X
Mahi Ramakrishnan
September 30, 2014 2:16 PM
Malaysian authorities say militant groups like the so-called "Islamic State" have used social media to entice at least three dozen Malaysian Muslims to fight in what they call "jihad" in Syria and Iraq. As Mahi Ramkrishnan reports from Kuala Lumpur, counterterrorism police are deeply worried about what could happen when these militants return home.
Video

Video Malaysia Struggles to Stop People Joining Jihad

Malaysian authorities say militant groups like the so-called "Islamic State" have used social media to entice at least three dozen Malaysian Muslims to fight in what they call "jihad" in Syria and Iraq. As Mahi Ramkrishnan reports from Kuala Lumpur, counterterrorism police are deeply worried about what could happen when these militants return home.
Video

Video Could US Have Done More to Stop Rise of Islamic State?

President Obama says airstrikes against Islamic State militants in Syria will likely continue for some time because, in his words, "there is a cancer that has grown for too long." So what if President Obama had acted sooner in Syria to arm more-moderate opponents of both the Islamic State and the Syrian government? VOA State Department Correspondent Scott Stearns reports from the United Nations.
Video

Video Treasure Hunters Seek 'Hidden Treasure' in Central Kenya

Could a cave in a small village in central Kenya be the site of buried treasure? A rumor of riches, left behind by colonialists, has some residents dreaming of wealth, while others see it as a dangerous hoax. VOA's Gabe Joselow has the story.
Video

Video Iran's Rouhani Skeptical on Syria Strikes

Iranian President Hassan Rouhani expressed skepticism Friday that U.S.-led airstrikes in Iraq and Syria could crush Islamic State militants. From New York, VOA’s Margaret Besheer reports the president was also hopeful that questions about Iran’s nuclear program could be resolved soon.
Video

Video US House Speaker: Congress Should Debate Authorization Against IS

As wave after wave of U.S. airstrikes target Islamic State militants, the speaker of the Republican-controlled House of Representatives says he would be willing to call Congress back into session to debate a formal, broad authorization for the use of military force. VOA’s Michael Bowman reports from Washington, where legislators left town 10 days ago for a seven-week recess.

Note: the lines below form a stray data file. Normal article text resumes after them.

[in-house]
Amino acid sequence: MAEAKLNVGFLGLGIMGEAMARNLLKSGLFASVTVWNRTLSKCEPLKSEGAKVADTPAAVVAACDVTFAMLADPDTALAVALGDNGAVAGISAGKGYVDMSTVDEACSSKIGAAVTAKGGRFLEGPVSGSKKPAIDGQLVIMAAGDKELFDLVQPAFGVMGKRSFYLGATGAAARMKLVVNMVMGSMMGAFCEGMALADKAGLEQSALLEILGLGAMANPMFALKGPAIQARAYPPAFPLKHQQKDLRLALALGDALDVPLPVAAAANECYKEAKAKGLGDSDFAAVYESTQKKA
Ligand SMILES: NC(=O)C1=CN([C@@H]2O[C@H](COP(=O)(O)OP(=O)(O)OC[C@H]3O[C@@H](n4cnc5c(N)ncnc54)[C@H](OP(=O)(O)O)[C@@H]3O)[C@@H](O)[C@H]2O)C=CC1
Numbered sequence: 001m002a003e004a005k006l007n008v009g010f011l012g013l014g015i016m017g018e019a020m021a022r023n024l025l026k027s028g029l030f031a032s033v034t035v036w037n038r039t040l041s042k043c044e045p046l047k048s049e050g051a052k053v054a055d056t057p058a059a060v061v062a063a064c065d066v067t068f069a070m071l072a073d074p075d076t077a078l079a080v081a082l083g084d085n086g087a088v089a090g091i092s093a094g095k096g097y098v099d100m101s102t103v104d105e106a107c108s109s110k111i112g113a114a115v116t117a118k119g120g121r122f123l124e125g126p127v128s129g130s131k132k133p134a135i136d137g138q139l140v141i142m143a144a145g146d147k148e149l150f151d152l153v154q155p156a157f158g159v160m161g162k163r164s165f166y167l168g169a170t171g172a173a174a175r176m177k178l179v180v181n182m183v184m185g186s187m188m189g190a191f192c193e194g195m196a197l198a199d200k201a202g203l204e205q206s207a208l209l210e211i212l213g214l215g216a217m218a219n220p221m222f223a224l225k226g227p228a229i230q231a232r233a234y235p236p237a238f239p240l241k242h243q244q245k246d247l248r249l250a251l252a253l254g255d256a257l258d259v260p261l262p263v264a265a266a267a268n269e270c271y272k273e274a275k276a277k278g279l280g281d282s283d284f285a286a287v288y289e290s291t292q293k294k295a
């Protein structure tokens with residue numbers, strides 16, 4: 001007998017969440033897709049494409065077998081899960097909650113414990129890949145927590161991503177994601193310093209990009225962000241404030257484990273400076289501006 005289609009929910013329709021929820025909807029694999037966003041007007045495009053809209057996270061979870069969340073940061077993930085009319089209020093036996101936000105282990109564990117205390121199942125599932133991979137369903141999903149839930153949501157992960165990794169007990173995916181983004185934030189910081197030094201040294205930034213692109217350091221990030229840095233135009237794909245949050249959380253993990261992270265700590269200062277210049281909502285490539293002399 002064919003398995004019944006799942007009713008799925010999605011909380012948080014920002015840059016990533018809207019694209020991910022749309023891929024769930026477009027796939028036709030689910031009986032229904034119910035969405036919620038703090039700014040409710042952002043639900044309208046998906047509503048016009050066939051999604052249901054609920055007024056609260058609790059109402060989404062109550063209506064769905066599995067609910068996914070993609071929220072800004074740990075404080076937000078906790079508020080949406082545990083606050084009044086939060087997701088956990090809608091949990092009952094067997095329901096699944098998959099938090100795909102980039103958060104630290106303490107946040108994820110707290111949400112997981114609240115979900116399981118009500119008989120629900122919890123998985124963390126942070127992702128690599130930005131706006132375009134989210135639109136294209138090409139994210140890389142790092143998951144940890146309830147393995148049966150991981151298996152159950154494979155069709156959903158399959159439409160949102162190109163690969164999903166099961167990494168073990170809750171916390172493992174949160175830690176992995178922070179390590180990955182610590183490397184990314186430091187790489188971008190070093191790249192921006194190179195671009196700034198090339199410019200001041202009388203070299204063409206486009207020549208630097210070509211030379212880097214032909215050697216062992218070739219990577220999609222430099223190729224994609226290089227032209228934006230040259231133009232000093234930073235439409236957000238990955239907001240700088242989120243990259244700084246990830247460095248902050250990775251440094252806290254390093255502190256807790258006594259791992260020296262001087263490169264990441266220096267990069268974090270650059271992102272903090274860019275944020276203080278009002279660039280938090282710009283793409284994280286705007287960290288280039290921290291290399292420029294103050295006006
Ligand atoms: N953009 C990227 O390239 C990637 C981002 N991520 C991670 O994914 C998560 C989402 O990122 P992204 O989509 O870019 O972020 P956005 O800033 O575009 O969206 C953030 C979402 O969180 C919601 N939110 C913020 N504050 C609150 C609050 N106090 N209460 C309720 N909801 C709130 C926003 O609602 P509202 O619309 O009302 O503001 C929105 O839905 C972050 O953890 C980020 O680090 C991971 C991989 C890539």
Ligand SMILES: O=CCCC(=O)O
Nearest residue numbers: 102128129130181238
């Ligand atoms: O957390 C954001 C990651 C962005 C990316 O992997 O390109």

Video

Video Ebola Patients Find No Treatment at Sierra Leone Holding Center

At a holding facility in Makeni, central Sierra Leone, dozens of sick people sit on the floor in an empty university building. They wait in filthy conditions. It's a 16-hour drive by ambulance to Kailahun Ebola treatment center. Adam Bailes was there and reports on what he says are some of the worst situations he has seen since the beginning of this Ebola outbreak. And he says it appears case numbers may already be far worse than authorities acknowledge.
Video

Video Identifying Bodies Found in Texas Border Region

Thousands of immigrants have died after crossing the border from Mexico into remote areas of the southwestern United States in recent years. Local officials in south Texas alone have found hundreds of unidentified bodies and buried them in mass graves in local cemeteries. Now an anthropologist and her students at Baylor University have been exhuming bodies and looking for clues to identify them. VOA’s Greg Flakus has more from Waco, Texas.
Video

Video Ebola Robs Liberians of Chance to Say Good-Bye to Loved Ones

In Liberia, where Ebola has killed more than 1,500 people, authorities have worked hard to convince people to allow specialized burial teams to take away dead bodies. But these safety measures, while necessary, make it hard for people to say good bye to their loved ones. VOA's Anne Look reports on the tragedy from Liberia.
Colonel Steve ‘Spiros’ Pisanos left Greece and came to the U.S. to learn to fly. He flew fighters for the Allies in World War II, narrowly escaping death multiple times.Colonel Steve ‘Spiros’ Pisanos left Greece and came to the U.S. to learn to fly. He flew fighters for the Allies in World War II, narrowly escaping death multiple times.

AppleAndroid